Smoke Bellew
by
Jack London
“And I asked her to let me have you at table.
And here’s my chance.”
Smoke Bellew
by
Jack London
illustrated by
P. J. Monahan
G
P
Goretti Publications
11EE
Dozenal numerationis a system of thinking of numbers in twelves, rather
than tens. Twelve is much more versatile, having four evendivisors—2, 3,
4, and 6—as opposed to only two for ten. ^is means that such hatefulness
as “0.333 . . . for Ä and “0.1666 . . . for 1
/
6
are things of the past, replaced
by easy “0;4” (four twel hs) and “0;2” (two twel hs).
Indozenal, counting goes “one, two, three, four, five, six, seven, eight, nine,
ten, elv, dozen; dozen one, dozen two, dozen three, dozen four, dozen five,
dozen six, dozen seven, dozen eight, dozen nine, dozen ten, dozen elv, two
dozen, two dozen one . . . It’s written as such: 1, 2, 3, 4, 5, 6, 7, 8, 9, X, E, 10,
11, 12, 13, 14, 15, 16, 17, 18, 19, 1X, 1E, 20, 21 . . .
Dozenal counting is at once much more efficient and much easier than
decimal counting, and takes only a little bit of time to get used to. Further
information can be had from the dozenal societies (http://www.dozenal.
org), as well as in many other places on the Internet.
2015 (11EE) Donald P. Goodman III. Version 1.0. ^e text is taken from
Google Books (http://books.google.com), and is in the public domain. ^e
cover image is licensed CC-BY-SA by Zeledi at English Wikipedia, at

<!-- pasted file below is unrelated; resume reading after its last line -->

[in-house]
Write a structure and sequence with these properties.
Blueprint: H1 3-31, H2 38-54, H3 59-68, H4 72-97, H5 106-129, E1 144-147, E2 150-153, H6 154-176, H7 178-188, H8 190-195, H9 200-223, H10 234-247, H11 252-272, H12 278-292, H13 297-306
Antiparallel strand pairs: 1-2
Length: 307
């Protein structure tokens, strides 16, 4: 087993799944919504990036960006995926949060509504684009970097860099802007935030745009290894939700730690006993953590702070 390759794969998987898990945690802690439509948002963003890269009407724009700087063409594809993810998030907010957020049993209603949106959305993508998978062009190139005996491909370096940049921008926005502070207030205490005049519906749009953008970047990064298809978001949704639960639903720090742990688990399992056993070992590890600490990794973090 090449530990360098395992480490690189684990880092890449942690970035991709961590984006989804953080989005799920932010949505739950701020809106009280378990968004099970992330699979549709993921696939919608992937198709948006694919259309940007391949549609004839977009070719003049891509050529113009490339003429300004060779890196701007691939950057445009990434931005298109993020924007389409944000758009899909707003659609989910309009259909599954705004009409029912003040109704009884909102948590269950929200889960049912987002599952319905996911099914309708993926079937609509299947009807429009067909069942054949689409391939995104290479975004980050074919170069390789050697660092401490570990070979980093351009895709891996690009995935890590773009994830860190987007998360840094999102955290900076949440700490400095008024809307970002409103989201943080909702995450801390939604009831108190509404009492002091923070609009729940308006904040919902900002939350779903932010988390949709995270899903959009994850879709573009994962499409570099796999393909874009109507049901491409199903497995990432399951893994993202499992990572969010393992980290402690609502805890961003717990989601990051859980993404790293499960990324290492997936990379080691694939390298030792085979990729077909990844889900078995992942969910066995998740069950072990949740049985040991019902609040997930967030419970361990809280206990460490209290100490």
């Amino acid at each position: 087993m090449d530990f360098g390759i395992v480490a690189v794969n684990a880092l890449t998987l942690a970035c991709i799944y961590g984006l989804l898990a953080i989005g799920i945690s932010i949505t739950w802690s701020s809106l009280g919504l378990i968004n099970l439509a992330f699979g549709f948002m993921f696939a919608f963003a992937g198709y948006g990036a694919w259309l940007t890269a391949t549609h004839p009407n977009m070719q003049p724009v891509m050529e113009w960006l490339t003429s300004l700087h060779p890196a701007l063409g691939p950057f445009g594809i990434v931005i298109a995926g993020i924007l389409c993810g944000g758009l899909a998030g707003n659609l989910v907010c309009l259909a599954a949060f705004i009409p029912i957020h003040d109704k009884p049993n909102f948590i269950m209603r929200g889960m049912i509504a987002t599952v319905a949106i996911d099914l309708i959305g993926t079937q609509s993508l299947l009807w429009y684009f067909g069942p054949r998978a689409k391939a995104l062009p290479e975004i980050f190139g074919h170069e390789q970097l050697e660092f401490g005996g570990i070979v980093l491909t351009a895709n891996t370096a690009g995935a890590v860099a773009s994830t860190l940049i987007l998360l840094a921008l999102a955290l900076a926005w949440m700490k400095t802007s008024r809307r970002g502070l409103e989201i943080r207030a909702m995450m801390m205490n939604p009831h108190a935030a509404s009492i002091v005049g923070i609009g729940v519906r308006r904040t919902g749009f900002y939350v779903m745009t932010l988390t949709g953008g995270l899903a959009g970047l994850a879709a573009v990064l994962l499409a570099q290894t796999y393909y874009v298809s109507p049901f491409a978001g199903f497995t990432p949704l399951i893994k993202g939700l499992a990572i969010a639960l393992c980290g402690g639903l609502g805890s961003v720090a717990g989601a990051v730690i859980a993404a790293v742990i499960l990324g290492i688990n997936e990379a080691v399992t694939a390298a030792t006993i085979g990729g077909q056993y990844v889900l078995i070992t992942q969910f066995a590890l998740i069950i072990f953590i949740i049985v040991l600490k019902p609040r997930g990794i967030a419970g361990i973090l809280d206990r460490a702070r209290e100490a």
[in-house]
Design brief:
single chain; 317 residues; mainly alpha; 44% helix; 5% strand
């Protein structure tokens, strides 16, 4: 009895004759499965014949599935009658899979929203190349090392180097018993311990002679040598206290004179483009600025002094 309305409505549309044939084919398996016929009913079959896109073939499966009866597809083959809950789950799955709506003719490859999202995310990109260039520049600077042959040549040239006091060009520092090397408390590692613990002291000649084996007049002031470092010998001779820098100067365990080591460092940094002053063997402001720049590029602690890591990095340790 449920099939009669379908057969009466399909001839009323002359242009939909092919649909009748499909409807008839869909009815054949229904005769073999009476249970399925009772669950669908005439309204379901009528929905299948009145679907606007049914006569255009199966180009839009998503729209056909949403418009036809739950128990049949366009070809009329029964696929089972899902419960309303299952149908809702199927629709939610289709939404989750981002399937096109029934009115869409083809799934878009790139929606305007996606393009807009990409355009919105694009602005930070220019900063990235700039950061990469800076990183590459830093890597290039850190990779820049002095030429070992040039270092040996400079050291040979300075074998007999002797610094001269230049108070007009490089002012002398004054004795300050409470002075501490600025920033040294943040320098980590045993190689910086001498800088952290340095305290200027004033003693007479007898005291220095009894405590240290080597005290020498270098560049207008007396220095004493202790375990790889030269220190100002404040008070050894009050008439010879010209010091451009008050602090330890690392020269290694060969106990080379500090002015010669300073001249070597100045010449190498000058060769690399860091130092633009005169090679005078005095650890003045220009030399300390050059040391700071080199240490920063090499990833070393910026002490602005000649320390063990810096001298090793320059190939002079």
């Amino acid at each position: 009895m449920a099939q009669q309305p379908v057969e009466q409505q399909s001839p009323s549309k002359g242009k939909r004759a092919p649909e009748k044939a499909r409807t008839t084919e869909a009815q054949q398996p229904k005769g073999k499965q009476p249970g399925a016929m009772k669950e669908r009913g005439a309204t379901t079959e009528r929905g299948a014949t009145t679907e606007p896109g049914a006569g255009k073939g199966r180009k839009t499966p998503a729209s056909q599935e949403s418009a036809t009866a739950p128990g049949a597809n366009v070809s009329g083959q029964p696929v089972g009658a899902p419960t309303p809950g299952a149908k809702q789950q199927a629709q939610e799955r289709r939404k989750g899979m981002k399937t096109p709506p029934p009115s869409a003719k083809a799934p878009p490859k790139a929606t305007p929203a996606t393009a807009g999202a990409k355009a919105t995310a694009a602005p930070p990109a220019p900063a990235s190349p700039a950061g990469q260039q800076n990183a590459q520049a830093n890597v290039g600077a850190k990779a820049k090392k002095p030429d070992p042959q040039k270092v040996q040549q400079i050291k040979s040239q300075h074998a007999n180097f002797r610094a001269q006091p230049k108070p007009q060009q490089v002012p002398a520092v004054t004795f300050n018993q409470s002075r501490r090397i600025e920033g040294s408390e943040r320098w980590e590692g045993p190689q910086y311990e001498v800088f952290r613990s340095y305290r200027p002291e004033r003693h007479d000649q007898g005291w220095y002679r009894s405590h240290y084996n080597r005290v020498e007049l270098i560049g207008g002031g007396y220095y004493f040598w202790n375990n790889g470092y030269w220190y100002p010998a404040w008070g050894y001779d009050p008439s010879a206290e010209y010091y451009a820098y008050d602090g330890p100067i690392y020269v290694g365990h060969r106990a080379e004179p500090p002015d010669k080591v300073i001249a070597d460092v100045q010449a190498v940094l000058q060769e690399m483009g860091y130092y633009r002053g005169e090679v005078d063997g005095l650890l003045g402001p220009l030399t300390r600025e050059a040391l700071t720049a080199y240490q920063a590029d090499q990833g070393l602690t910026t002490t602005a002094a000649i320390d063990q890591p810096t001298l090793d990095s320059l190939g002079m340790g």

https://en.wikipedia.org/wiki/File:DogSledRace.jpg.
^is document may be copied and distributed freely, as its text is in the public
domain.
Goretti Publications
http://gorpub.freeshell.org
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Table of Contents
I The Taste of the Meat . . . . . . . . . . . . . . . . . . . . . . . . . . . 5
II The Meat . . . . . . . . . . . . . . . . . . . . . . . . . . . . . . . . . . . 1E
III The Stampede to Squaw Creek . . . . . . . . . . . . . . . . . . . . . 37
IV Shorty Dreams . . . . . . . . . . . . . . . . . . . . . . . . . . . . . . . 51
V The Man on the Other Bank . . . . . . . . . . . . . . . . . . . . . . . 61
VI The Race for Number Three . . . . . . . . . . . . . . . . . . . . . . 75
VII The Little Man . . . . . . . . . . . . . . . . . . . . . . . . . . . . . . 89
VIII The Hanging of Cultus George . . . . . . . . . . . . . . . . . . . X1
IX The Mistake of Creation . . . . . . . . . . . . . . . . . . . . . . . . . E5
X A Flutter in Eggs . . . . . . . . . . . . . . . . . . . . . . . . . . . . . 111
XI The Town-site of Tra-Lee . . . . . . . . . . . . . . . . . . . . . . . . 129
XII Wonder of Woman . . . . . . . . . . . . . . . . . . . . . . . . . . . . 147
3
I
The Taste of the Meat
I
n the beginning he was Christopher Bellew. By the time he was at
college he had become Chris Bellew. Later, in the Bohemian crowd
of San Francisco, he was called Kit Bellew. And in the end he was
known by no other name than Smoke Bellew. And this history of
the evolution of his name is the history of his evolution. Nor would it have
happened had he not had a fond mother and an iron uncle, and had he not
received a letter from Gillet Bellamy.
“I have just seen a copy of The Billow,” Gillet wrote from Paris. “Of
course O’Hara will succeed with it. But he ’s missing some tricks.” Here
followed details in the improvement of the budding society weekly. “Go
down and see him. Let him think they ’re your own suggestions. Don’t
let him know they ’re from me. If you do, he ’ll make me Paris corre-
spondent, which I can’t afford, because I ’m getting real money for my
stuff from the big magazines. Above all, don’t forget to make him fire
that dub who ’s doing the musical and art criticism. Another thing. San
Francisco has always had a literature of her own. But she has n’t any now.
Tell him to kick around and get some gink to turn out a live serial, and to